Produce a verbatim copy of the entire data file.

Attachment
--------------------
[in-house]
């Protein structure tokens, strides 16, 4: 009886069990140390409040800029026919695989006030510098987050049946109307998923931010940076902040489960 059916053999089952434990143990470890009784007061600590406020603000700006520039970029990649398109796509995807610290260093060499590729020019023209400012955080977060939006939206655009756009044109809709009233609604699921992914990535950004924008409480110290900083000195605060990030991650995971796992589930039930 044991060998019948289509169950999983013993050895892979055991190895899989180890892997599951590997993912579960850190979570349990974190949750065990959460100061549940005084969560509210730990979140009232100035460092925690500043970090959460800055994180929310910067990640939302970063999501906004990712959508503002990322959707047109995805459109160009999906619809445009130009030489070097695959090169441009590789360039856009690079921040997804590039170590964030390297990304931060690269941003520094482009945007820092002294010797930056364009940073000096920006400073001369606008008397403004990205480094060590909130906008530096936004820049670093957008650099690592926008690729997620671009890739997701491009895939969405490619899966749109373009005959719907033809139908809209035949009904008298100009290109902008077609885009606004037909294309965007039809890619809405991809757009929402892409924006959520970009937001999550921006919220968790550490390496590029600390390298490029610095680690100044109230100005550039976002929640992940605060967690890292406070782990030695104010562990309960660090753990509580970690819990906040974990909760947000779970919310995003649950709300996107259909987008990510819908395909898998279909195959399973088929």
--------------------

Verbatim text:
[in-house]
């Protein structure tokens, strides 16, 4: 009886069990140390409040800029026919695989006030510098987050049946109307998923931010940076902040489960 059916053999089952434990143990470890009784007061600590406020603000700006520039970029990649398109796509995807610290260093060499590729020019023209400012955080977060939006939206655009756009044109809709009233609604699921992914990535950004924008409480110290900083000195605060990030991650995971796992589930039930 044991060998019948289509169950999983013993050895892979055991190895899989180890892997599951590997993912579960850190979570349990974190949750065990959460100061549940005084969560509210730990979140009232100035460092925690500043970090959460800055994180929310910067990640939302970063999501906004990712959508503002990322959707047109995805459109160009999906619809445009130009030489070097695959090169441009590789360039856009690079921040997804590039170590964030390297990304931060690269941003520094482009945007820092002294010797930056364009940073000096920006400073001369606008008397403004990205480094060590909130906008530096936004820049670093957008650099690592926008690729997620671009890739997701491009895939969405490619899966749109373009005959719907033809139908809209035949009904008298100009290109902008077609885009606004037909294309965007039809890619809405991809757009929402892409924006959520970009937001999550921006919220968790550490390496590029600390390298490029610095680690100044109230100005550039976002929640992940605060967690890292406070782990030695104010562990309960660090753990509580970690819990906040974990909760947000779970919310995003649950709300996107259909987008990510819908395909898998279909195959399973088929």